Foxglove plants can be easily grown from seed sown early indoors and then transplanted outside after frost has passed. Also they can be sown directly in the garden in summer or planted as a potted plant.


When to Sow Foxglove Seeds Indoors

-         You can sow the seeds indoors in eight to ten weeks before the last frost.

-         Only just cover with seed-starting formula.

-         Keep the soil moist at sixty to sixty-five degrees Fahrenheit.

-         The foxglove seedlings will emerge in fourteen to twenty-one days.

-         Keep the soil evenly moist.

-         Immediately the foxglove seedlings emerge, you need to provide plenty of light on a sunny windowsill or grow the seedlings three to four inches beneath fluorescent plant lights turned on sixteen hours per day, off for eight hours at night. You can raise the lights as the Foxglove plants grow taller. Incandescent bulbs will not actually work for this process because they will get too hot. Most Foxglove plants require a dark period to grow, don’t leave the lights on for twenty-four hours. 

-         The foxglove seedlings don’t need much fertilizer, you can feed them when they are about three to four weeks old using a starter solution (half strength of a complete indoor houseplant food). Make sure is according to manufacturer’s directions.

-         If you are growing the plant in small cells, you may need to transplant the foxglove seedlings to three or four inch pots when the seedlings have at least two pairs of true leaves before transplanting to the garden so they have enough room to develop strong roots.

-         Before you plant them in the garden, the foxglove seedlings plants need to be “hardened off”. Accustom young foxglove plants to outdoor conditions by moving the plant to a sheltered place outside for a week. Make sure you protect them from wind and hot sun at first. If frost actually threatens at night, you can cover or bring the containers indoors, and then take them out again in the morning. This hardening off process actually toughens the plant’s cell structure and also reduces transplant shock and scalding.


How to Grow Foxgloves

-         Choose a good location in full sun to part shade with moist, organic soil.

-         Prepare the bed by turning the soil under to a depth of about six to twelve inches, remove any debris and also level the ground by raking.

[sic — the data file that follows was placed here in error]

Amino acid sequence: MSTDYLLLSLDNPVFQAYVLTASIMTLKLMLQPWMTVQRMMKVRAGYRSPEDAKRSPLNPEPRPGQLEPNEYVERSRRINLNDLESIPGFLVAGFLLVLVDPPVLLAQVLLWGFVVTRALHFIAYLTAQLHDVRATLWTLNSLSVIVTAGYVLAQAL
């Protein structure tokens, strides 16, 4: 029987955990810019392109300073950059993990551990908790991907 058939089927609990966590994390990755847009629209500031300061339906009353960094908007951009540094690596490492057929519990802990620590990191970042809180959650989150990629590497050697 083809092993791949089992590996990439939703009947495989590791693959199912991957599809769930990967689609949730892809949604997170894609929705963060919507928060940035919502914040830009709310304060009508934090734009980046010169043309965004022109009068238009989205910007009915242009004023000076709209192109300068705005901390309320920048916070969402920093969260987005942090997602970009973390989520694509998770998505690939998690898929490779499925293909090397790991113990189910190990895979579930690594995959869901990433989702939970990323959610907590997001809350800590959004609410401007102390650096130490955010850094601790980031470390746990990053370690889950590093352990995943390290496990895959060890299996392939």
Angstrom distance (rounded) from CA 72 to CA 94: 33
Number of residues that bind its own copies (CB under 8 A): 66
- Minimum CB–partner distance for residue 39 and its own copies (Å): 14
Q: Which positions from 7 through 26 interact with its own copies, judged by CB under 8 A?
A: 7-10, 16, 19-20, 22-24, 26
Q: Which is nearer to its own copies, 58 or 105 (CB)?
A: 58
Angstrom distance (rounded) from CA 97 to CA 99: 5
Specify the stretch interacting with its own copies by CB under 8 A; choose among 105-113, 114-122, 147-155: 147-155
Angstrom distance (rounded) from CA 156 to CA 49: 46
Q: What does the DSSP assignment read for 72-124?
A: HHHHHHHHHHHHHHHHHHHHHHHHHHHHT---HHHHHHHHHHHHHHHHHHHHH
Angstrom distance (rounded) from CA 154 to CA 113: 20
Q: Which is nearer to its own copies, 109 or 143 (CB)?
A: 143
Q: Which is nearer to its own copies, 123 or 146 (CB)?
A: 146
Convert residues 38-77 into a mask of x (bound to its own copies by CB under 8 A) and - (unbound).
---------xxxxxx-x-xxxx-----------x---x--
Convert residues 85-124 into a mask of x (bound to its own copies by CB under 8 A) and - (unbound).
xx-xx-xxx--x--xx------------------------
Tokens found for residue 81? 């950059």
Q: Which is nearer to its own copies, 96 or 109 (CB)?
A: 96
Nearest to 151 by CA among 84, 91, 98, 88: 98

-         Actually the addition of organic matter (compost, leaf mold, well-rotted manure) really benefits all gardens and is vital in recently constructed neighborhoods.

-         Make sure you plant on a cloudy day or in late afternoon to reduce transplant shock.

-         You need to dig a hole for each of the plant, approximately eighteen inches apart large enough to amply accommodate the plant root ball.

-         Carefully unpot the plant, and also gently loosen the plant root ball with your hands to encourage good root growth.

-         You have to place the top of the root ball even with the level of the surrounding soil, and then fill with soil to the top of the root ball. Press the soil down firmly with your hand.

-         Apply water and also apply a light mulch layer on top of the soil (one to two inches) in other to conserve water and reduce weeds.


How to Sow Directly in the Garden

-         Sow directly in rich, moist soil in part shade to full sun after danger of frost.

-         You need to remove weeds and work organic matter into the top six to eight inches of the soil, and then level and smooth.

-         Sow the foxglove seeds evenly and thinly and barely cover them with fine soil.

-         Make sure you keep them evenly moist.

-         Foxglove seedlings will emerge in fourteen to twenty-one days depending on the soil and weather conditions.

-         You can thin them to stand about eighteen inches apart when they are large enough to handle.

Post a Comment

Previous Post Next Post